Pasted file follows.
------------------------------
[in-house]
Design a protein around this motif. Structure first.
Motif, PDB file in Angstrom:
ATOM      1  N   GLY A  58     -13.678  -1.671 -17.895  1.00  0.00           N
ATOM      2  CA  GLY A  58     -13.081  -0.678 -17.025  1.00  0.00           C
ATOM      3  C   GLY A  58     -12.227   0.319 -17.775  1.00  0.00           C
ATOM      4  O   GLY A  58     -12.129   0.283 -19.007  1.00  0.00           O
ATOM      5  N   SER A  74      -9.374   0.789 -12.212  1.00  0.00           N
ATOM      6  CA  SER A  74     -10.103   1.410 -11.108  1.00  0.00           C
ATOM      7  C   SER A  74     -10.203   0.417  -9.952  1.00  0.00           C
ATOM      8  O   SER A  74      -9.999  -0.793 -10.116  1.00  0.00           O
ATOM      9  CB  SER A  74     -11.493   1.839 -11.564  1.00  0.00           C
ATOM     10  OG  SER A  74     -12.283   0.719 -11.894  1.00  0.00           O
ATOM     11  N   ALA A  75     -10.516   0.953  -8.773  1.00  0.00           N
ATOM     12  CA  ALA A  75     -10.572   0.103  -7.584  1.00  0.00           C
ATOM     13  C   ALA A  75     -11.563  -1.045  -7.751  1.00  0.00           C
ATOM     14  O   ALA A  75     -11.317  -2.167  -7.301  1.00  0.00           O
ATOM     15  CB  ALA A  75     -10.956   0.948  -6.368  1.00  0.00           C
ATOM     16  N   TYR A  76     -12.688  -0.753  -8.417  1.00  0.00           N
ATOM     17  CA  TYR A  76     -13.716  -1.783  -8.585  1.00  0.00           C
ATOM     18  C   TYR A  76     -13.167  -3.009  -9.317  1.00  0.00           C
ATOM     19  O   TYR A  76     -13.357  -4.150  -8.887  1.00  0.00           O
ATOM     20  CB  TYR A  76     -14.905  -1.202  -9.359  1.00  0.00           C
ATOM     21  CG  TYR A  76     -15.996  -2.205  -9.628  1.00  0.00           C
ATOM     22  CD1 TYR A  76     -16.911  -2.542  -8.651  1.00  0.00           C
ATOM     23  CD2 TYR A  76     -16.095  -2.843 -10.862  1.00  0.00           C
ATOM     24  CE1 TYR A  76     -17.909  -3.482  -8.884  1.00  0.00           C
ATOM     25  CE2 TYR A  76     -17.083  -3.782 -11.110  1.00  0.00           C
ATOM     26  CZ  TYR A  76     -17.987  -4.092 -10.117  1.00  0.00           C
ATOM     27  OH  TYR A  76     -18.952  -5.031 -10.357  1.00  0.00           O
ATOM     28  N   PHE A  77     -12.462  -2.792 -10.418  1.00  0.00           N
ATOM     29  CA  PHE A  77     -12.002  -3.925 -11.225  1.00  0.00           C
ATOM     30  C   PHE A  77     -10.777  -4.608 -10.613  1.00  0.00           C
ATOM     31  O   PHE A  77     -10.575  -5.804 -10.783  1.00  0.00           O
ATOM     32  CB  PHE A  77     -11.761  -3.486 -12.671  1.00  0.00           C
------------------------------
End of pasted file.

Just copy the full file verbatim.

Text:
[in-house]
Design a protein around this motif. Structure first.
Motif, PDB file in Angstrom:
ATOM      1  N   GLY A  58     -13.678  -1.671 -17.895  1.00  0.00           N
ATOM      2  CA  GLY A  58     -13.081  -0.678 -17.025  1.00  0.00           C
ATOM      3  C   GLY A  58     -12.227   0.319 -17.775  1.00  0.00           C
ATOM      4  O   GLY A  58     -12.129   0.283 -19.007  1.00  0.00           O
ATOM      5  N   SER A  74      -9.374   0.789 -12.212  1.00  0.00           N
ATOM      6  CA  SER A  74     -10.103   1.410 -11.108  1.00  0.00           C
ATOM      7  C   SER A  74     -10.203   0.417  -9.952  1.00  0.00           C
ATOM      8  O   SER A  74      -9.999  -0.793 -10.116  1.00  0.00           O
ATOM      9  CB  SER A  74     -11.493   1.839 -11.564  1.00  0.00           C
ATOM     10  OG  SER A  74     -12.283   0.719 -11.894  1.00  0.00           O
ATOM     11  N   ALA A  75     -10.516   0.953  -8.773  1.00  0.00           N
ATOM     12  CA  ALA A  75     -10.572   0.103  -7.584  1.00  0.00           C
ATOM     13  C   ALA A  75     -11.563  -1.045  -7.751  1.00  0.00           C
ATOM     14  O   ALA A  75     -11.317  -2.167  -7.301  1.00  0.00           O
ATOM     15  CB  ALA A  75     -10.956   0.948  -6.368  1.00  0.00           C
ATOM     16  N   TYR A  76     -12.688  -0.753  -8.417  1.00  0.00           N
ATOM     17  CA  TYR A  76     -13.716  -1.783  -8.585  1.00  0.00           C
ATOM     18  C   TYR A  76     -13.167  -3.009  -9.317  1.00  0.00           C
ATOM     19  O   TYR A  76     -13.357  -4.150  -8.887  1.00  0.00           O
ATOM     20  CB  TYR A  76     -14.905  -1.202  -9.359  1.00  0.00           C
ATOM     21  CG  TYR A  76     -15.996  -2.205  -9.628  1.00  0.00           C
ATOM     22  CD1 TYR A  76     -16.911  -2.542  -8.651  1.00  0.00           C
ATOM     23  CD2 TYR A  76     -16.095  -2.843 -10.862  1.00  0.00           C
ATOM     24  CE1 TYR A  76     -17.909  -3.482  -8.884  1.00  0.00           C
ATOM     25  CE2 TYR A  76     -17.083  -3.782 -11.110  1.00  0.00           C
ATOM     26  CZ  TYR A  76     -17.987  -4.092 -10.117  1.00  0.00           C
ATOM     27  OH  TYR A  76     -18.952  -5.031 -10.357  1.00  0.00           O
ATOM     28  N   PHE A  77     -12.462  -2.792 -10.418  1.00  0.00           N
ATOM     29  CA  PHE A  77     -12.002  -3.925 -11.225  1.00  0.00           C
ATOM     30  C   PHE A  77     -10.777  -4.608 -10.613  1.00  0.00           C
ATOM     31  O   PHE A  77     -10.575  -5.804 -10.783  1.00  0.00           O
ATOM     32  CB  PHE A  77     -11.761  -3.486 -12.671  1.00  0.00           C